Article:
I don’t know about you, but I have long yearned for a social network that I can truly call home. Facebook is no good as it’s full of pictures of people’s cats and their dinner. Twitter is full of trolls and rude people, in my experience at least. When Google+ came along, I had high hopes for it, but alas, it’s pretty much a ghost town these days.
So what is an intrepid lover of all things FOSS supposed to do with their spare time? Well, the answer is now simple – use Mastodon of course!
Mastodon is the world’s largest free, open source, decentralized micro-blogging network. Quite a mouthful, right? Basically, Mastodon is an open source alternative to Twitter. It has many of the advantages of Twitter, but none of the trolls, or none that I have found so far at least.
As you can see from the image above, the Mastodon feed looks a lot like the popular Twitter client, TweetDeck and it does work in much the same way. So if you have used TweetDeck in the past, you should be right at home on Mastodon. There are, of course, also various Android and iOS apps available, most of which work really well – my personal recommendation for Android would be Mastalab.
This is where things get interesting! I’ll start with the simple stuff – you’re not restricted to 140 characters like on Twitter. On Mastodon, you have 500 characters to play with. This has been more than enough for me personally, without having to mess around trying to shorten what I want to say.
Possibly the biggest advantage of Mastodon over any social network is that you can self-host it. That’s right, you can spin up your very own Mastodon instance, keep it public, or make it private for your own use. Now, you might be thinking “what’s the point in self-hosting? You’re just going to end up with a load of insular servers sprawled all over the Internet.”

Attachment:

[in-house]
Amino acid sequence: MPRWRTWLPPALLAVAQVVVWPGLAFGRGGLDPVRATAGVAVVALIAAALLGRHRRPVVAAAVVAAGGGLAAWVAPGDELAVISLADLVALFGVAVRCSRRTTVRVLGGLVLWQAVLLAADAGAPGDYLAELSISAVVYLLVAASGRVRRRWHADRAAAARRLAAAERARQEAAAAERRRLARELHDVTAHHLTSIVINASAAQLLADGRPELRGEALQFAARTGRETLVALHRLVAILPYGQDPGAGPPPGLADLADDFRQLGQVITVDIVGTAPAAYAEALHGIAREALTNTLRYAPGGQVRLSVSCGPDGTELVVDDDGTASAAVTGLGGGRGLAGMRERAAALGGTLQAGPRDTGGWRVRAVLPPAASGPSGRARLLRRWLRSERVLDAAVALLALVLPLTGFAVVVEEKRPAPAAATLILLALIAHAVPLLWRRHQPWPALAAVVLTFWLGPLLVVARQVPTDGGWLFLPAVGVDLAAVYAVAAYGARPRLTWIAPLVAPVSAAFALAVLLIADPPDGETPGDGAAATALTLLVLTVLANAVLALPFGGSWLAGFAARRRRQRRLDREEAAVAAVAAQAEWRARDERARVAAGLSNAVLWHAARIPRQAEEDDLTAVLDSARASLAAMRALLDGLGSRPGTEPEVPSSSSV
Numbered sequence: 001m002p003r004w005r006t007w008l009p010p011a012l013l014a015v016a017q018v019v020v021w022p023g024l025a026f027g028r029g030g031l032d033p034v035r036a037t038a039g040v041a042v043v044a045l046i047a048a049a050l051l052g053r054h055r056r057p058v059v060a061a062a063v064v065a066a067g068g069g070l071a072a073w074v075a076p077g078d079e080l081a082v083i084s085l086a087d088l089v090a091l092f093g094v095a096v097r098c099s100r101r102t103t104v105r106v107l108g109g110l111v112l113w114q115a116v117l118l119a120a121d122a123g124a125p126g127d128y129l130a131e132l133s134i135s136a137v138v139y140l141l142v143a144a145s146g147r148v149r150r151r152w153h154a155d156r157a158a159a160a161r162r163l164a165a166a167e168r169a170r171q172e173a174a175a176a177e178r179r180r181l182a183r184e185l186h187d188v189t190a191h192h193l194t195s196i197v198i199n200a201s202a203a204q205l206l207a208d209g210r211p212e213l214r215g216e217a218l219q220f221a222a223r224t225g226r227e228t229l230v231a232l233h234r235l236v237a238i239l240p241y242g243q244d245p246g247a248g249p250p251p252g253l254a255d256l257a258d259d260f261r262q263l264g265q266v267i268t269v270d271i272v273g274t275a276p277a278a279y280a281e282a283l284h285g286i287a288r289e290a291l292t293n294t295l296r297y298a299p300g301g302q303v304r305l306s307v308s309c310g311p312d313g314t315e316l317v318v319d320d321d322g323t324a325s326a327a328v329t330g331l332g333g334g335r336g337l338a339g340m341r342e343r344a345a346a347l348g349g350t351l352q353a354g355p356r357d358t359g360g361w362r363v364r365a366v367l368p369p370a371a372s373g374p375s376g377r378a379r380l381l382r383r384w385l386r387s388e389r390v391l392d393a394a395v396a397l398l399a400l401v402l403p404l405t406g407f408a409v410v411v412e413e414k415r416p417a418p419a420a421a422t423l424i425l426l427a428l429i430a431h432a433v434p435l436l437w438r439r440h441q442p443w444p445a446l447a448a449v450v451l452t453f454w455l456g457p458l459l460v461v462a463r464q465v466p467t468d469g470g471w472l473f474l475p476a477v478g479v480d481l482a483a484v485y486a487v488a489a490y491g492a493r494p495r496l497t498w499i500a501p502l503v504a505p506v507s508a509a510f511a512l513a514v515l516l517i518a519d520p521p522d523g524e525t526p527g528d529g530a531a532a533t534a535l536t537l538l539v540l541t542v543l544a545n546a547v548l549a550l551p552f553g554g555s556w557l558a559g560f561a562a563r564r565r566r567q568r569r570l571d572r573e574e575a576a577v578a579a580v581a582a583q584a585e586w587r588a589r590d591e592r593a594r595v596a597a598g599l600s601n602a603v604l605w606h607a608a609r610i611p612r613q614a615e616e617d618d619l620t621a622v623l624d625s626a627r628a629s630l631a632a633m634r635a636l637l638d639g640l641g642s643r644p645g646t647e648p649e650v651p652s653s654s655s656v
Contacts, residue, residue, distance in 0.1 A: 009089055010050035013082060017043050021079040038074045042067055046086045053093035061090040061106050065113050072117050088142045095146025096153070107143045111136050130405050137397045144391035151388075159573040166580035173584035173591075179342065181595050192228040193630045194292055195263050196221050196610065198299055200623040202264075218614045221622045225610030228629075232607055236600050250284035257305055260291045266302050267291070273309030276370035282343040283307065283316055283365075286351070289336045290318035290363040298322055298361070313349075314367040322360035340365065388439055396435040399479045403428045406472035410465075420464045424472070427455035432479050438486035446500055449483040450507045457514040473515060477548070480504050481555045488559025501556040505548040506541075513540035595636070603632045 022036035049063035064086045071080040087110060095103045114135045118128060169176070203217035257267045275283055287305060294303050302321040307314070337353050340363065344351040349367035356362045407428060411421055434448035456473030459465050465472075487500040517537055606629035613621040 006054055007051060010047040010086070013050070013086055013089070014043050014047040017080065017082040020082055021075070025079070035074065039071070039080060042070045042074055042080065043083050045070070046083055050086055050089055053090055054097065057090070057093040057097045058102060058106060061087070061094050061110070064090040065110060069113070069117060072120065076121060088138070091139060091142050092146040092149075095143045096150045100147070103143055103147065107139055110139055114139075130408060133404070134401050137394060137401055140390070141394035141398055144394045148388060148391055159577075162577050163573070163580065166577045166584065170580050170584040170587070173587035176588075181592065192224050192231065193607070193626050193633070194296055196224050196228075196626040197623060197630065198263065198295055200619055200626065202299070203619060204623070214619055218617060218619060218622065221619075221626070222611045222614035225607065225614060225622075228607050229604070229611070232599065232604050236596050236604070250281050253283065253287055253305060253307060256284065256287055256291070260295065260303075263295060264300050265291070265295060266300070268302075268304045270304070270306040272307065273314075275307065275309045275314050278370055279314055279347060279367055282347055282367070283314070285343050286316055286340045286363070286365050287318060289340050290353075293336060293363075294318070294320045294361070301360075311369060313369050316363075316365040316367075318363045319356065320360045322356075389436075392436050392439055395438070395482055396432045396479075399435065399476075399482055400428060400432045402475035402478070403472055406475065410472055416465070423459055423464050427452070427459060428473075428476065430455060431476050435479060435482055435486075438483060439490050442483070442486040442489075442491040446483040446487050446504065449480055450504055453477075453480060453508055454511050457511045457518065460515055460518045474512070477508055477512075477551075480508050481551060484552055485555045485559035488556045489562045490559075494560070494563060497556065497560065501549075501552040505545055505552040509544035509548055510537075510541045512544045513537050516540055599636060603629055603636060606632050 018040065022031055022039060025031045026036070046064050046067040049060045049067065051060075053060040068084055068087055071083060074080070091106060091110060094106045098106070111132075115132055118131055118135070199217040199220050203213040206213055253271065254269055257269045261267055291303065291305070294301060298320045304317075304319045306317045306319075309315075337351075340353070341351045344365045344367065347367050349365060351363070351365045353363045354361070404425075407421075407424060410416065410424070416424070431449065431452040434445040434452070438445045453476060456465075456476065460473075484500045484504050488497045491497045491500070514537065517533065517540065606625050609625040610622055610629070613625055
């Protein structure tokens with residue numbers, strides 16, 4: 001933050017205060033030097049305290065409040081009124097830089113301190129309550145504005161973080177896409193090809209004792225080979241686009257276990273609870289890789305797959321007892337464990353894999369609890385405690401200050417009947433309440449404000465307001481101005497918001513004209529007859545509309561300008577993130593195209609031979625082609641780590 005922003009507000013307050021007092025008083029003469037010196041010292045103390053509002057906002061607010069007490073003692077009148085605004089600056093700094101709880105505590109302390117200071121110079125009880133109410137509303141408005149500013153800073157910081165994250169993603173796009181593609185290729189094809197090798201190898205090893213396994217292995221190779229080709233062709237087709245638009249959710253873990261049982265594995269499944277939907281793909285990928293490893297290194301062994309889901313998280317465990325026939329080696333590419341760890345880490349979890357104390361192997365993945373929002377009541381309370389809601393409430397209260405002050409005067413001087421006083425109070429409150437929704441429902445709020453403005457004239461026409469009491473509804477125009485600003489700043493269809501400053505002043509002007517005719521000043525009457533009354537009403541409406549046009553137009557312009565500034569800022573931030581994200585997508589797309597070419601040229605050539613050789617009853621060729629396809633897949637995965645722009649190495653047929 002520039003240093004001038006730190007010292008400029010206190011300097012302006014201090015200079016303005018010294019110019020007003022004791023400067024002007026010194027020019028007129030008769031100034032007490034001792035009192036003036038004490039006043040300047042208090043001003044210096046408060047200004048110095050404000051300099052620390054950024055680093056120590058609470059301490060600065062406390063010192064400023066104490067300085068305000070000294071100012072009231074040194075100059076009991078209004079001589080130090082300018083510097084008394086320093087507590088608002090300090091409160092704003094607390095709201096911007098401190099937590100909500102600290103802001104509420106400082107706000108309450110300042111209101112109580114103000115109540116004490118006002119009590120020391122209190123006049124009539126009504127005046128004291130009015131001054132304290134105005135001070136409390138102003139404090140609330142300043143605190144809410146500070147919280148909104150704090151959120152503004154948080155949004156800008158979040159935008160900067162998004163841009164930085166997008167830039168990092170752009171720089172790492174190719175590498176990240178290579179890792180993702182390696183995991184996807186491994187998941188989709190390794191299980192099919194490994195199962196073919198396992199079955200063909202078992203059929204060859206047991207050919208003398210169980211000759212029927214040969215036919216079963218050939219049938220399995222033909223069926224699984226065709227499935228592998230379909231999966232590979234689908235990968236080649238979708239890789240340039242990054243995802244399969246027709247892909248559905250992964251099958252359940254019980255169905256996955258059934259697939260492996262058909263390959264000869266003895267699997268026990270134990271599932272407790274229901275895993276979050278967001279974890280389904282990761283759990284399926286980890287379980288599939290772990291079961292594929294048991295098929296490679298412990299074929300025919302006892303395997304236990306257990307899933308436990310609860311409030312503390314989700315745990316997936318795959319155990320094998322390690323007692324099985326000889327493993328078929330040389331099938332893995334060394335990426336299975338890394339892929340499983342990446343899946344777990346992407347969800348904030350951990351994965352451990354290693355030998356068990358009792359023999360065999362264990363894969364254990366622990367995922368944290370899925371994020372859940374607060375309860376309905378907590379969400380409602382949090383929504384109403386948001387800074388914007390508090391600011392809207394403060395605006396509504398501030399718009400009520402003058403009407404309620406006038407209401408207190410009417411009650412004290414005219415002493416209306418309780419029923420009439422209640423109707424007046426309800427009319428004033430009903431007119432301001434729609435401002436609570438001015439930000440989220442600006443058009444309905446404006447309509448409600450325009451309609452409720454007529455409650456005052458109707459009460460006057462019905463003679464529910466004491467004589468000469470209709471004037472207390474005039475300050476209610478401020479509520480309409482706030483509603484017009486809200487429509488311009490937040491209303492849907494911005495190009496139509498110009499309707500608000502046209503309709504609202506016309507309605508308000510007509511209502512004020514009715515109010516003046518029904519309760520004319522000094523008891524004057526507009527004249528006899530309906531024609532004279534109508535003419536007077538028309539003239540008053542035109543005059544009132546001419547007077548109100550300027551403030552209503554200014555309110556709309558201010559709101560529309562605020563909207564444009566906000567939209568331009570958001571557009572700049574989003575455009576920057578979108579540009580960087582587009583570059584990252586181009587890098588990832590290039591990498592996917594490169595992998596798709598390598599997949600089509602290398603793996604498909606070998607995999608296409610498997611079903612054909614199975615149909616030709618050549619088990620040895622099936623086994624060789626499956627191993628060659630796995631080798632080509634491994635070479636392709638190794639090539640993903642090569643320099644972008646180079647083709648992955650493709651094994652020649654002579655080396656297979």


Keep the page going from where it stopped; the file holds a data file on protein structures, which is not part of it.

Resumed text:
If that’s what you’re thinking, you’re wrong. You see, each Mastodon instance is part of a federated network. This means that all instances can talk to one another. So if my account is on instance A, and Bill has an account on instance B, we can still follow one another and see each other’s updates.
Think of it like email – you and I don’t need to have our emails hosted with the same provider, because they all use open standards. Which means that even though our email servers are completely separate, they can still email one another. That’s basically how Mastodon works, even your handle looks like an email address. For example, mine is @[email protected].
However, if you want a completely private Mastodon instance, you can also turn federation off.
So what does all this mean? Well, if Twitter goes down, that’s it. Bye bye Twitter and all your tweets. It’s the same story for Facebook, Google+, and pretty much any other social network. On Mastodon that isn’t the case. For example, if my instance goes down, the rest of the network continues on and all my users can quickly and easily sign up to another instance and be back up and running in no time. Plus, there isn’t a single entity controlling Mastodon – like all good things, it’s managed by a community.
When you’re browsing your Mastodon instance, you can view you home feed, which consists of only the people you follow. Your public feed, which is all the toots (Mastodon’s version of a tweet) on that particular instance. Or you can look at the federated feed, which is all the toots from all the instances that are connected to your instance. This makes it incredibly easy to consume content and find interesting people to follow.
It’s quite simple really, there are tonnes of Mastodon instances online, so there is likely to be at least one in the niche you’re interested in. You can search for some here.
However, judging by the fact you’re reading a FOSS website, I’m willing to bet that you’re interested in FOSS. If that is the case, you can join my instance, Fosstodon, where you will be made very welcome. Or you can check out some other really great Linux/FOSS-centric instances, like LinuxRocks.Onlineor Mastodon.Rocks.